Give them a list of things you want them to listen for, then when they realize where the setting is, they shoot up their hand.
When a new character is introduced, they do it again etc. This is fun for children and keeps them focussed.
You'll be able to cover quite a few Common Core Standards with The Gingerbread Literacy Packet. I've included picture cards, a graphic organizer, and a story slider "craftivity" to help students sequence and retell the story.
The slider is my personal favorite. I updated this old favorite. Adding "frosting" with puffy paint gives it the "awwww-dorable" touch.
There are also pocket cards, 40 traceable word cards as well as a Venn diagram activity. Click on the link to view/download The Gingerbread Literacy Packet.
For more Gingerbread Venn diagrams, click on the link for some fun ways to compare and contrast a variety of things.
Finally, K-teacher Jill, from Georgia, asked if I had time to make some gingerbread activities that involved colors and color words. I hope you like them too. Click on the link to view download the Gingerbread Colors Packet.
Thanks for visiting today. Feel free to PIN away. I design and blog daily, so I hope you can buzz by tomorrow to grab the newest FREEBIES.
It's my hope that my efforts bring a smile to your students and more quiet time for you. I enjoy hearing from my visitors; you can leave a comment below or e-mail me at:
"Had I but a penny in the world, thou shouldst have it for gingerbread." -William Shakespeare.
1-2-3 Come Do Some Gingerbread Activities With Me!
I really enjoy it when teachers contact me with special requests, so when Carol in Wisconsin, asked me for some gingerbread alphabet cards to go with her big themed-unit in December, I happily got to work.
To help reinforce Common Core State Standards, I also included a trace and write upper and lowercase worksheet as well as a match the uppercase letter to the lowercase letter one.
There's 5 different assessments + a 3-page tip list of what to do with the cards, including games like Kaboom.
To review even more standards I designed 2 gingerbread sliders and included slider strips for counting numbers to 30; counting backwards from 10 to 0 and 20 to 0; skip counting by 2's, 3's, 5's, and 10's; shapes, + upper and lowercase letters. You can use these to review, assess, and play games with.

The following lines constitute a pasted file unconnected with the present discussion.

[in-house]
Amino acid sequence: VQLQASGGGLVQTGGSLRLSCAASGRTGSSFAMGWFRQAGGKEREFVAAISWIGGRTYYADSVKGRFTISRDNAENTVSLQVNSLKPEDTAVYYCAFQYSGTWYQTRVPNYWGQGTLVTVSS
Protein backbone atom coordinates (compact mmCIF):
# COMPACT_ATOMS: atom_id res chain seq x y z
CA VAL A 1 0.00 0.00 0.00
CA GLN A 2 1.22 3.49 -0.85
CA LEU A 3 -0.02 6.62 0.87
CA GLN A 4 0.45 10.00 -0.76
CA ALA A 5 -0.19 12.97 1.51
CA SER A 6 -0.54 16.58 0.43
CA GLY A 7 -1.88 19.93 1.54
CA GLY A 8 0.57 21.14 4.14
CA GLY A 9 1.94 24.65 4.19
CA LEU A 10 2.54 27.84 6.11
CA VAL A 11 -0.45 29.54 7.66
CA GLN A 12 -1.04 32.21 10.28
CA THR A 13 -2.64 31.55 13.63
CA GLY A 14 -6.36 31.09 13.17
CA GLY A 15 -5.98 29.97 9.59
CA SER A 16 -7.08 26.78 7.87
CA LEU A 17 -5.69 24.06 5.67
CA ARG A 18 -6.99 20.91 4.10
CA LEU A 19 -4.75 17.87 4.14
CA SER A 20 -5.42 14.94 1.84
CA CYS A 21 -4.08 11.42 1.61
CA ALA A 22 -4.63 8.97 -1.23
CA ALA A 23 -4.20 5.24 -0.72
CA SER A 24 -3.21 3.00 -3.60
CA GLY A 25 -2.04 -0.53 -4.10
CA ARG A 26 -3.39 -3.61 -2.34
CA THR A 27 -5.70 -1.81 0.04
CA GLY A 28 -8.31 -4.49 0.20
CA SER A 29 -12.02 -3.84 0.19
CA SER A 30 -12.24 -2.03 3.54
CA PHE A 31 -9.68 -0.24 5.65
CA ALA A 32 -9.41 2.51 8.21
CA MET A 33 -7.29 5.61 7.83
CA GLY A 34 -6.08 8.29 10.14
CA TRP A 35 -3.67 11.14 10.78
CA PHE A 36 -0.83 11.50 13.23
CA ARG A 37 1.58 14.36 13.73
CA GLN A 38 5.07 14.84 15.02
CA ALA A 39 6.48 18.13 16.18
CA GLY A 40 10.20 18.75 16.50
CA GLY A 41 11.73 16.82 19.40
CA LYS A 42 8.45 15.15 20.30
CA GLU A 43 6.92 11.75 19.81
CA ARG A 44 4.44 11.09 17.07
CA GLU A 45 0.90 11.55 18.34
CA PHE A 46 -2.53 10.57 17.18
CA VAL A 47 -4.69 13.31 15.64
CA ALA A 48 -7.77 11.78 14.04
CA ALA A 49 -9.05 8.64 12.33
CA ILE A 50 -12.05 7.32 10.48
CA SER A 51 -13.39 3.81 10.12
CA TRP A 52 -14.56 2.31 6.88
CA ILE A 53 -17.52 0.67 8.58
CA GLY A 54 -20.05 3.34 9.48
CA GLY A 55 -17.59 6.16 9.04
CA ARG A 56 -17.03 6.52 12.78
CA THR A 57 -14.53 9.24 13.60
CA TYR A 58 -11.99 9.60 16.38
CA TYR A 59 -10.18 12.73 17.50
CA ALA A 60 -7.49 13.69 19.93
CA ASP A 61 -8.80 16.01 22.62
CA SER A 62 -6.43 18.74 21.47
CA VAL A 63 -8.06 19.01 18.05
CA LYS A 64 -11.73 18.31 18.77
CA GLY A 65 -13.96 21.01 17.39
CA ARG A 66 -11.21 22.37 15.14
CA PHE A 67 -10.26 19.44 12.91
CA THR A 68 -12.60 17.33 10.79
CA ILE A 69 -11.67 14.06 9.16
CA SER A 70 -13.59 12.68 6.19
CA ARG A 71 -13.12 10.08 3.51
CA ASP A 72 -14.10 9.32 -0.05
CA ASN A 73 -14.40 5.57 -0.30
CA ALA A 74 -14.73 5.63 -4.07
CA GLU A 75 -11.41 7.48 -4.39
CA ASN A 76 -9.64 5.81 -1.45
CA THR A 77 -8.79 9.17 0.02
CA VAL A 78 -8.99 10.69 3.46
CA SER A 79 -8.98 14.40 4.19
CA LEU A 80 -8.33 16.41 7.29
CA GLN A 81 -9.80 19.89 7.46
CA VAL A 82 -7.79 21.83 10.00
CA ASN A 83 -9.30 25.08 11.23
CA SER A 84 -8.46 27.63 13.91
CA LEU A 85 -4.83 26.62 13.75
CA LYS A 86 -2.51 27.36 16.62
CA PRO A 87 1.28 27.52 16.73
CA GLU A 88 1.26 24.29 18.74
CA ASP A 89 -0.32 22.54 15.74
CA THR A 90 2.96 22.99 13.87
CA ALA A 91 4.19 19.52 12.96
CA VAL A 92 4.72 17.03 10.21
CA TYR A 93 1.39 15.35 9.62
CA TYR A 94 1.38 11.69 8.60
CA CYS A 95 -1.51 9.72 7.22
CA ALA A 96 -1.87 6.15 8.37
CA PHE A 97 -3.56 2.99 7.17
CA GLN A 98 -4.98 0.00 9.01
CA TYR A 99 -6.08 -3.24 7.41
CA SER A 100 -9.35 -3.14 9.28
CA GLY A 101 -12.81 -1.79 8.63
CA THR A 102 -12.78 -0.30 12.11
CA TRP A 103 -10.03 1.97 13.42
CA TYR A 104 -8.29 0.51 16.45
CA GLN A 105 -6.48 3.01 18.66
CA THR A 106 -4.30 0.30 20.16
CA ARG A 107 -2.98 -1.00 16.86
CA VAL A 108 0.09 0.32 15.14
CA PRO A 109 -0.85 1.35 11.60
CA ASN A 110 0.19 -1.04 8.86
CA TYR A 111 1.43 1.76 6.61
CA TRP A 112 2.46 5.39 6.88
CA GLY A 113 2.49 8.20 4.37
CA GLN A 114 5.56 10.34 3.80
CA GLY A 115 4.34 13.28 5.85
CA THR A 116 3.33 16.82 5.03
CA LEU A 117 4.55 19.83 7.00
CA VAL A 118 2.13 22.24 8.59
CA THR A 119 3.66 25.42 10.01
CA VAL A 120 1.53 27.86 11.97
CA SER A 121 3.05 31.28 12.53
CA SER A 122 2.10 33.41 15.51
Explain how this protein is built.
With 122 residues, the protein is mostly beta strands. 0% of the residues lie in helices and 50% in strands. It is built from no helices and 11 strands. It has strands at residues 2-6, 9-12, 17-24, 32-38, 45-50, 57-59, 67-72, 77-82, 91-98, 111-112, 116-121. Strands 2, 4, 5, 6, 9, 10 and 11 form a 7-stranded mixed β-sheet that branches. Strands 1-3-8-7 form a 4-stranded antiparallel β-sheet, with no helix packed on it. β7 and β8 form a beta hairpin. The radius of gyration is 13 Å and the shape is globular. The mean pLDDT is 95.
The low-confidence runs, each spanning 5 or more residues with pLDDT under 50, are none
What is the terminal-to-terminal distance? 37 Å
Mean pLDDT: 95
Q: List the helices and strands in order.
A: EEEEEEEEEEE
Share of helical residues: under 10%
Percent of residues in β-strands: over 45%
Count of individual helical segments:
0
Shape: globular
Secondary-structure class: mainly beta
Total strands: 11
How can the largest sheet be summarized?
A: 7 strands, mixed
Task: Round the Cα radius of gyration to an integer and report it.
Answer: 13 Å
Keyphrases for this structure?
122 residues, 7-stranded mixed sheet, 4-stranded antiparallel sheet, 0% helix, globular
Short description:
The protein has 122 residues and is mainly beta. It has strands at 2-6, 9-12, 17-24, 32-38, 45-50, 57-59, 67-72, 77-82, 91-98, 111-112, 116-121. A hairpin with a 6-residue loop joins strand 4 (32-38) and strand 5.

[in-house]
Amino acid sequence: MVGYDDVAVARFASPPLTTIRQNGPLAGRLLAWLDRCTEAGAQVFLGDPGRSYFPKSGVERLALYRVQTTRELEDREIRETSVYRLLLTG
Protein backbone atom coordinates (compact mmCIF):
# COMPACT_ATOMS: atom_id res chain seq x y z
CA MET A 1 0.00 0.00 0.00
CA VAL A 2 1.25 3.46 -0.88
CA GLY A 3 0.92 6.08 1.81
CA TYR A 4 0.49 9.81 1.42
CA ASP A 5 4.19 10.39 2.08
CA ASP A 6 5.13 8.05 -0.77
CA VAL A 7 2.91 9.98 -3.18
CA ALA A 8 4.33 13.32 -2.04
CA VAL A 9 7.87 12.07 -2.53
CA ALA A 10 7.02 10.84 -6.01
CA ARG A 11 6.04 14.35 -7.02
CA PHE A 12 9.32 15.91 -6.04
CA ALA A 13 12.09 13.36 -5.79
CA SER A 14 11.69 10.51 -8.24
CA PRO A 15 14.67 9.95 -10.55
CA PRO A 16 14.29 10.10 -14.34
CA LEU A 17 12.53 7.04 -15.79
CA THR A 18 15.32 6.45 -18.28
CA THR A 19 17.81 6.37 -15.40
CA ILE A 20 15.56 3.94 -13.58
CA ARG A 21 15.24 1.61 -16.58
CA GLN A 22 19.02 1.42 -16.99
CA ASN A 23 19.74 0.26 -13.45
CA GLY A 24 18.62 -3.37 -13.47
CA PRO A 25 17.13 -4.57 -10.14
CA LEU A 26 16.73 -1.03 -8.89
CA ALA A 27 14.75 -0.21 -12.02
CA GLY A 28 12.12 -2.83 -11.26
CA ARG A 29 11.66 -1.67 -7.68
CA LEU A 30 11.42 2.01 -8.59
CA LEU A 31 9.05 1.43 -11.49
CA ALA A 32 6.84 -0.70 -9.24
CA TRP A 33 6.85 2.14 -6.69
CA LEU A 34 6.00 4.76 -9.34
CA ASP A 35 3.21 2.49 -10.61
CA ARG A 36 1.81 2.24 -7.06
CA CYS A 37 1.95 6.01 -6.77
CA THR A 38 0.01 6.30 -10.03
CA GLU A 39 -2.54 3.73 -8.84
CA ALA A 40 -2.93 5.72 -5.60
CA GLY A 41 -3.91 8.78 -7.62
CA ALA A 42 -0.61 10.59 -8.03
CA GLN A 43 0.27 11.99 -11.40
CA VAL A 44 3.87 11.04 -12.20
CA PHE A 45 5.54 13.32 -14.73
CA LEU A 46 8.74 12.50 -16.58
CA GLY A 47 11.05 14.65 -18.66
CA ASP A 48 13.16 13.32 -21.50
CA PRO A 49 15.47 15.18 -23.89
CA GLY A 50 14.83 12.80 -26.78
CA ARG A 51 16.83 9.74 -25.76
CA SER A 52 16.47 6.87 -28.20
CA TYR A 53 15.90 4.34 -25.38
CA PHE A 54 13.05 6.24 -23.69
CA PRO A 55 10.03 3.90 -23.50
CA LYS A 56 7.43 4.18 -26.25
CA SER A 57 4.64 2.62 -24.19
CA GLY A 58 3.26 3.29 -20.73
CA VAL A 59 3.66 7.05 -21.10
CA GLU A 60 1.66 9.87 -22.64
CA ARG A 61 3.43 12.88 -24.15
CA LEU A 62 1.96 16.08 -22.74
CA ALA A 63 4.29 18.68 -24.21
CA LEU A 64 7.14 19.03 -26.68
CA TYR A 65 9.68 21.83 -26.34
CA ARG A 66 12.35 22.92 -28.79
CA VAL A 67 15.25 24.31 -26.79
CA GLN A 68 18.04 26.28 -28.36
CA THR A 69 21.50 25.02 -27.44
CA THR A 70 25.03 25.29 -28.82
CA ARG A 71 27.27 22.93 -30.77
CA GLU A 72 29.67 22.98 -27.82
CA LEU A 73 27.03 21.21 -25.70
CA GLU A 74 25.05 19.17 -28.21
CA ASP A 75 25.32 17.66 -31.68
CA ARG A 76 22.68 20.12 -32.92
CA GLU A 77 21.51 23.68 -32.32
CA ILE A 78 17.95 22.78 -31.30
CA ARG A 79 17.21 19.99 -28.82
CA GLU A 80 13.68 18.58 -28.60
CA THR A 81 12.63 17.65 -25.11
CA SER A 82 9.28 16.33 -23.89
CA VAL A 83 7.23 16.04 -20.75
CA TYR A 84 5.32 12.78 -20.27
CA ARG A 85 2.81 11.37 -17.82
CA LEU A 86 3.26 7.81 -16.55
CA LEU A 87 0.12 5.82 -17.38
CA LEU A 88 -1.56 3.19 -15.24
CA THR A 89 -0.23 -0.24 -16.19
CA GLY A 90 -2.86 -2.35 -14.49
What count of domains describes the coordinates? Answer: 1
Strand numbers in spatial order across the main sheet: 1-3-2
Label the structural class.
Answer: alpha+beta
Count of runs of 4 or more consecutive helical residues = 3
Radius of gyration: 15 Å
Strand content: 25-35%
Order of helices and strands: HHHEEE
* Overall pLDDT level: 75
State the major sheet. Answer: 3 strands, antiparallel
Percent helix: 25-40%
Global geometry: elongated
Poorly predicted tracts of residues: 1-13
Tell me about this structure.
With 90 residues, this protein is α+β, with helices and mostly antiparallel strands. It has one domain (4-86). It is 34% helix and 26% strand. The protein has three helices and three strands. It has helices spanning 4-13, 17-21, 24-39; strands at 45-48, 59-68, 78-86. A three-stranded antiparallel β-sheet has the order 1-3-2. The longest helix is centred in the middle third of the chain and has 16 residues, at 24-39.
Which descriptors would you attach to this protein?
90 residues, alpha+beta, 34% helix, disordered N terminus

Students trace the numbers/letters/shapes. I encouraged an ABAB pattern using red and green markers.
For that finishing touch allow students to decorate with wiggle eyes, ribbons, rhinestones, buttons and glitter. I used white puffy paint for the "frosting." My kiddo's loved that; so easy, but so "Wow!" Click on the link for the Gingerbread Sliders.
I also started working on the winter time cards, and completed the gingerbread ones. The packet includes digital and analog time to the hour and half hour, with a cover to make an Itty Bitty booklet + a tip list of how to use the cards. Click on the link for the Gingerbread Time Cards
I tried to graph every day with my Y5's. Pretty soon the light bulb comes on for everyone. A graph was always part of our table top lessons, and I think my kiddo's really enjoyed coloring and filling in their worksheets.
By switching things up via a theme, interest remained high. I often used shapes inside the themed-item, so that I could review yet another standard. This packet also includes a game. Click on the link for the Gingerbread Graphing Activities
Finally, I also designed the ever-popular shape matching game with a gingerbread theme. I feel as with the above lessons, if you change an activity with a new theme, things stay fresh. Students also feel empowered because they know what to do an can get right down to business. Click on the link for the Gingerbread Shape Games
Thanks for visiting to day. Feel free to PIN away. If you'd like to take a peek at all of the creative-educatonal items that I spend way too much time pinning, click on the big heart to the right of the article.
I design and blog daily so I hope you can pop in tomorrow for the newest FREEBIES. I have lots more gingerbread goodies that I'm excited to share.
"A cookie a day chases sadness away; an entire jar brings it back!" -Unknown